If you've ever walked into a room and flicked on the light switch, only to find your pooch snoozing in his bed, you know that the look he gives you, when he cracks his eye open to see just who is disturbing his slumber, can rightfully and accurately be described as the dreaded "hairy eyeball."
All of us have given a few hairy eyeballs in our time, when we've been woken up by sudden lights, which is why the Los Angeles Zoo, during LA Zoo Lights, tucks up its real beasties in their various nests/grottoes/trees before flicking the switch on its seasonal animals of light.
Lots of animals made of light, we'll add, and lots of light beyond those animals, too. The shimmery spectacular, which first debuted in 2014 as a way to "bring holiday lights back to Griffith Park," will again run for several weeks, from late November into early January at the vast animal park.
What to do, where to go and what to see
The Friday after Thanksgiving, Nov. 27, is the start day.
Or make that the start night. Unlike pretty much every other time one visits the zoo, there are no daytime hours to LA Zoo Lights. Darkness, of course, enhances all of those LED displays, displays like the "glowing 130-foot snake coiled on a roof" to "monkeys scampering through the grounds."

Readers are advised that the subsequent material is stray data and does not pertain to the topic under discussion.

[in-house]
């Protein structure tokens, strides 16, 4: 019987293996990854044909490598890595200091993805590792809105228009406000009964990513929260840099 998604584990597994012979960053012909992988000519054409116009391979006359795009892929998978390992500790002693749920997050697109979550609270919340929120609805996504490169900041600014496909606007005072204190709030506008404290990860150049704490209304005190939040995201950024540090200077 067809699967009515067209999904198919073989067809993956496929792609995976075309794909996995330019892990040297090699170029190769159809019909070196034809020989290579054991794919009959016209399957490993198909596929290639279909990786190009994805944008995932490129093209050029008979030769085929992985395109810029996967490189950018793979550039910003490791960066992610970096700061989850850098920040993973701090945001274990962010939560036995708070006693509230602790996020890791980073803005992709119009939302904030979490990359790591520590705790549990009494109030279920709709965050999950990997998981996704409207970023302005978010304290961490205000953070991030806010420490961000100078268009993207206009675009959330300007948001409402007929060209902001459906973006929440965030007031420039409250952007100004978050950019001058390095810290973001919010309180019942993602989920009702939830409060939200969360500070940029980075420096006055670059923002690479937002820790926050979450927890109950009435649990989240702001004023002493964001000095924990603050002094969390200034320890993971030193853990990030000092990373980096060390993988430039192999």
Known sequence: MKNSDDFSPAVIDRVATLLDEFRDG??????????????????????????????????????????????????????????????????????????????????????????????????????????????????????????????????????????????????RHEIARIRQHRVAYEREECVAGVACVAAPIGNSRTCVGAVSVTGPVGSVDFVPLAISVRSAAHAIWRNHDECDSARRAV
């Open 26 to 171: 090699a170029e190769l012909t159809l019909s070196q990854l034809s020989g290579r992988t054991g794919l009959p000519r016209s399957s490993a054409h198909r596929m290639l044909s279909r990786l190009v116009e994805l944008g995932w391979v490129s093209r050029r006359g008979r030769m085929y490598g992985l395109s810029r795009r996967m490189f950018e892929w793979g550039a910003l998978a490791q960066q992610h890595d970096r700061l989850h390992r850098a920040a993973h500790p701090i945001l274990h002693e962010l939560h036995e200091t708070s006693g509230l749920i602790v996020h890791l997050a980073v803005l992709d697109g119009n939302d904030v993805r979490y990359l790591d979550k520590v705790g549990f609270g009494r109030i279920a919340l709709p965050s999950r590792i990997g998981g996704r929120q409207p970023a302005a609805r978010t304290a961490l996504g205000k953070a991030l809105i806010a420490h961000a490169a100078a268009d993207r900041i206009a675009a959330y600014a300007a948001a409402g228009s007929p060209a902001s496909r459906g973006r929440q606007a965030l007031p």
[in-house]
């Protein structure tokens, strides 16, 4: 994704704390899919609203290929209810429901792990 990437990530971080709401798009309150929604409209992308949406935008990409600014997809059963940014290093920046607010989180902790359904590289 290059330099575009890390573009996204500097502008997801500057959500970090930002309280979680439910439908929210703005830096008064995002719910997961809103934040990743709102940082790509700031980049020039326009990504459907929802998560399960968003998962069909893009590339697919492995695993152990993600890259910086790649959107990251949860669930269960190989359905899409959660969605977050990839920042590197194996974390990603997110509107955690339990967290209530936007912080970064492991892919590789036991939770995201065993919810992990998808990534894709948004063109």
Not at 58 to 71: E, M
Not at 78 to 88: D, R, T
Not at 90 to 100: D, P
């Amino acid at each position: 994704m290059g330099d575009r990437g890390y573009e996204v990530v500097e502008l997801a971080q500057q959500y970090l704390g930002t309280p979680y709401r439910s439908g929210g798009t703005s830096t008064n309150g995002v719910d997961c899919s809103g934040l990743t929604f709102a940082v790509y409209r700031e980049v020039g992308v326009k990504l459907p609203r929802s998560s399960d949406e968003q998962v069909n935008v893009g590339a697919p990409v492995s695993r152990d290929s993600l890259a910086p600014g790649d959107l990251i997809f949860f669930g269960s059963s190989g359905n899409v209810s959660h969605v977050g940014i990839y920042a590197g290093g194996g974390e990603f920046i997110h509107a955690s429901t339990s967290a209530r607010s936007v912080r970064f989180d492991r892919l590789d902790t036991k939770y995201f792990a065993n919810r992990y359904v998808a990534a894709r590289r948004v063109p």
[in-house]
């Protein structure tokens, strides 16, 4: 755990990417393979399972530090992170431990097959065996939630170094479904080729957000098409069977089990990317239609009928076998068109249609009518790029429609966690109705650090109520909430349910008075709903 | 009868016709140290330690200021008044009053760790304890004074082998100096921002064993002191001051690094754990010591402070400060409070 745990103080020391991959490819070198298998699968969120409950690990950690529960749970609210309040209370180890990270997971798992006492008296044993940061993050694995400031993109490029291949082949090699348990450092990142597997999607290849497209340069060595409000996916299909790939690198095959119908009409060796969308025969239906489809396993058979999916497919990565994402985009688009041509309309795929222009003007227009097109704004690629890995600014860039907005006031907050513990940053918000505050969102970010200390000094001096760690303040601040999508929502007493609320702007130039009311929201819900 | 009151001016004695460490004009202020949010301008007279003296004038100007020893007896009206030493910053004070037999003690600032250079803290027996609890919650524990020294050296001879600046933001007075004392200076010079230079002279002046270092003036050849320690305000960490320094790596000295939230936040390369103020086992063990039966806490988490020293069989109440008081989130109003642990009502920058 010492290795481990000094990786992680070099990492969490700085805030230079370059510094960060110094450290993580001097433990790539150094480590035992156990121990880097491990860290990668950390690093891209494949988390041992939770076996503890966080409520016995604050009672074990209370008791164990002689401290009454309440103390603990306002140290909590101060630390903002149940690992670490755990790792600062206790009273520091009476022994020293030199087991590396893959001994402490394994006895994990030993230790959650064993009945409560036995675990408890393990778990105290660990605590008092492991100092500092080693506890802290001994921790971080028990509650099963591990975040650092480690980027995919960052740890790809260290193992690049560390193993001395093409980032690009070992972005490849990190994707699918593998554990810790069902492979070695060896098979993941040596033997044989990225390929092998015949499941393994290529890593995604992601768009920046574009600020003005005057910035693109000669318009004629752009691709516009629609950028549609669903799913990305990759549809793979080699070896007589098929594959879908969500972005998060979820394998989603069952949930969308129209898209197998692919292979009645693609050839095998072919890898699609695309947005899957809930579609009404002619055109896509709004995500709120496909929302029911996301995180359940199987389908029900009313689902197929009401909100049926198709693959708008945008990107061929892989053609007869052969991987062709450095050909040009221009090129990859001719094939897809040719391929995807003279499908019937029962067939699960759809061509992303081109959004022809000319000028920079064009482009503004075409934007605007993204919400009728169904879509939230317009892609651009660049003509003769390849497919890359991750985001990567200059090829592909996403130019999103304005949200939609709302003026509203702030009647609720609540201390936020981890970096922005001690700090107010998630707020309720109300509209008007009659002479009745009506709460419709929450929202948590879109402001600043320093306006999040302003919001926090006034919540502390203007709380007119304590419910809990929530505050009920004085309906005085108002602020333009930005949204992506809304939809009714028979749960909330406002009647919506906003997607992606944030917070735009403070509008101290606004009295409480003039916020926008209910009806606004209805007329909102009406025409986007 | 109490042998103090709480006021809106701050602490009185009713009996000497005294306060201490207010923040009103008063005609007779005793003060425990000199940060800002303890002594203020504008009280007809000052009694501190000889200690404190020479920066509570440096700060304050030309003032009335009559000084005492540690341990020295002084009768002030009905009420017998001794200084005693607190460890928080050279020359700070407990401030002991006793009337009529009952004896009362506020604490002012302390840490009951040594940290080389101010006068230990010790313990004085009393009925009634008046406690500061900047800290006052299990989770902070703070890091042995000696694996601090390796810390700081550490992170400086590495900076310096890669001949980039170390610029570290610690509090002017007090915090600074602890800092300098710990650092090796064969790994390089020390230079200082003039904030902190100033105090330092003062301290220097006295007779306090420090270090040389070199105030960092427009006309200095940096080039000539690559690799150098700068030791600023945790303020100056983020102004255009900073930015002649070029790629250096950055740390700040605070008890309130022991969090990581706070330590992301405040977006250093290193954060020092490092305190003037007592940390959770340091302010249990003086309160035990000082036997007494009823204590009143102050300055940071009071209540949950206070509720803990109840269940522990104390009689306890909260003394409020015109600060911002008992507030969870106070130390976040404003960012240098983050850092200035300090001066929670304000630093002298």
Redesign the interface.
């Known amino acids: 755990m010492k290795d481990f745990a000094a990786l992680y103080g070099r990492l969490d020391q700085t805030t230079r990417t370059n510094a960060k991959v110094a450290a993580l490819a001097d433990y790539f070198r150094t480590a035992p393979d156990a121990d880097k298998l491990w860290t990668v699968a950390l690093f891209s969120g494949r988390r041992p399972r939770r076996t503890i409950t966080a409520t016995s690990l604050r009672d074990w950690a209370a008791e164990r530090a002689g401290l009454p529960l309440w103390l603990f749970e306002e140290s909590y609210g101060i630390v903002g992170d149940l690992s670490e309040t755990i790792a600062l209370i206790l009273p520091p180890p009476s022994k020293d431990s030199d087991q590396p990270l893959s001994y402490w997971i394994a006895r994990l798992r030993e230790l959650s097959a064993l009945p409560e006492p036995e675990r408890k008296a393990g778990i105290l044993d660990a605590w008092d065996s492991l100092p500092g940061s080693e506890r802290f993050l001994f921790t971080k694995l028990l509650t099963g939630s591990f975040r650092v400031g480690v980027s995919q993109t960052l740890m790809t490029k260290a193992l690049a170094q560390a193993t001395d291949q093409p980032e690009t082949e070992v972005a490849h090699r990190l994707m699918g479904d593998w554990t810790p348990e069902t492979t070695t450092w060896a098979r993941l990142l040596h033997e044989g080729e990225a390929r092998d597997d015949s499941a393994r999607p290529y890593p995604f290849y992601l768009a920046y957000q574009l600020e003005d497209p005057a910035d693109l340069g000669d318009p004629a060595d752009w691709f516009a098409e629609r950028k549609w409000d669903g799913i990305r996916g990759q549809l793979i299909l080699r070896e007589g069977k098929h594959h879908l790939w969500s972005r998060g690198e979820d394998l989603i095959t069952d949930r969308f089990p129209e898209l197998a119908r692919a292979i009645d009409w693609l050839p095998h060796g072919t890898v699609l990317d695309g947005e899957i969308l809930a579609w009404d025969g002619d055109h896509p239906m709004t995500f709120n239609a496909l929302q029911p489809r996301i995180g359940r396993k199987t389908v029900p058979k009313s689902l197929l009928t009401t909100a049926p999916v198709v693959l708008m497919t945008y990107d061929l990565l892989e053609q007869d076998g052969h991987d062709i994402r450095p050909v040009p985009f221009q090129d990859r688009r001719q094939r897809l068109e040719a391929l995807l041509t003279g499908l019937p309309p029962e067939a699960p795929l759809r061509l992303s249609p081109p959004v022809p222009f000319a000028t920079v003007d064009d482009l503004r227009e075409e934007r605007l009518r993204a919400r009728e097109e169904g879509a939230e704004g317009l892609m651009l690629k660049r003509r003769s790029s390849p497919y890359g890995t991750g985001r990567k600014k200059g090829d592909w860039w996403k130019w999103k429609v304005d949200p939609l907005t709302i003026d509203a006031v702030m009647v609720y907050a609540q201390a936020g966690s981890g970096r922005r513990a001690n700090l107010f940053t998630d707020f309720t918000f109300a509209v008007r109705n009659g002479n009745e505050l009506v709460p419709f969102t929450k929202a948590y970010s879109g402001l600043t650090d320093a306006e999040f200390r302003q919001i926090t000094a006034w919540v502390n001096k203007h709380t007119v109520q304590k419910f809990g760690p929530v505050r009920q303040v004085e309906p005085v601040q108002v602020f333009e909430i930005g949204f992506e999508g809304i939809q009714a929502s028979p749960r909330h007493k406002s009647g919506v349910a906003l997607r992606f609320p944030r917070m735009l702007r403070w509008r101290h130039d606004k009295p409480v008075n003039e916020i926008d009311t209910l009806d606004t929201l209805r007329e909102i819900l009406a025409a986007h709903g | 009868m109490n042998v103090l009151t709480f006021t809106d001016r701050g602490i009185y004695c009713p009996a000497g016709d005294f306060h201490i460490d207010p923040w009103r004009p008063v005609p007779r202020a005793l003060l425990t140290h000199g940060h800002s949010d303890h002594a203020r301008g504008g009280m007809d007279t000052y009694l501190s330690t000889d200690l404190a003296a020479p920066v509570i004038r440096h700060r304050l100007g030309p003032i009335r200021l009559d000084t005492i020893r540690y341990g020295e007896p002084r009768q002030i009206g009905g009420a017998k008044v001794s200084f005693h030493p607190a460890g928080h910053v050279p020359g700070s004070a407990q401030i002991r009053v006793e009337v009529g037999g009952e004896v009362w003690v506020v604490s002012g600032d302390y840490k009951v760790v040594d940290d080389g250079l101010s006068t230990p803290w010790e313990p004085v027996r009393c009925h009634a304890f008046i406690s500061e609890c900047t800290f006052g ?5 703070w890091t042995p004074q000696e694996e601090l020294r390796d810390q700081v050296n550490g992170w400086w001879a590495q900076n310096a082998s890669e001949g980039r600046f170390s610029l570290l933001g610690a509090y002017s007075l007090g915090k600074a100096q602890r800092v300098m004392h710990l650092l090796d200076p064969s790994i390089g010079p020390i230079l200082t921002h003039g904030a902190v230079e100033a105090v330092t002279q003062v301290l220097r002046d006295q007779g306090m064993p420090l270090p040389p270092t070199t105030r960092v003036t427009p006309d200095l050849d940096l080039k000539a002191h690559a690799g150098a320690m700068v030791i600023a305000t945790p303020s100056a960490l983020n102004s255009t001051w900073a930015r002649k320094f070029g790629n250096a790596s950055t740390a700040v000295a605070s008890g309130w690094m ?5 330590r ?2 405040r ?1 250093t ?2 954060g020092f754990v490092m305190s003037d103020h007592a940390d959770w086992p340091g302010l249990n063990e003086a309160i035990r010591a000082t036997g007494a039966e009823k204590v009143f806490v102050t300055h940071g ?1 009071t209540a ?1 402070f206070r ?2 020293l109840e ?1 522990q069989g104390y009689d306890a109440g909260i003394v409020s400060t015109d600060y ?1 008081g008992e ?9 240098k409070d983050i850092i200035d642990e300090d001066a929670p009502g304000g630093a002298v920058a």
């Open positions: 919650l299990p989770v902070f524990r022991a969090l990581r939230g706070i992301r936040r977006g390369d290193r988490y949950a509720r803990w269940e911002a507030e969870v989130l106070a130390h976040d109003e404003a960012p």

Light tunnels that are all a-glitter, light shows, water presentations, and 3D projections take the light-making art to a contemporary, tech-of-tomorrow level.
It takes about an hour to saunter through, or maybe 90 minutes, if you're comparing it, in your mind, to previous zoo visits. Hot beverages will be for sale, in case you need something to wrap your frosty mitts around on a California-cold December night, and snacks and such, too.
Some VIP happenings, special events, and add-ons, like a happy hour feature, and a New Year's Eve party for families, are also on the schedule.
As for the real resident animals who shall be all asnooze? We'll wish them well as we stroll by the illuminated monkey display and the giganto snake and the shiny snowflakes and the other glow-by-night details dotting the grounds of the LA Zoo.
And we vow to always check to see if our dog is asleep before turning on the lights in a room.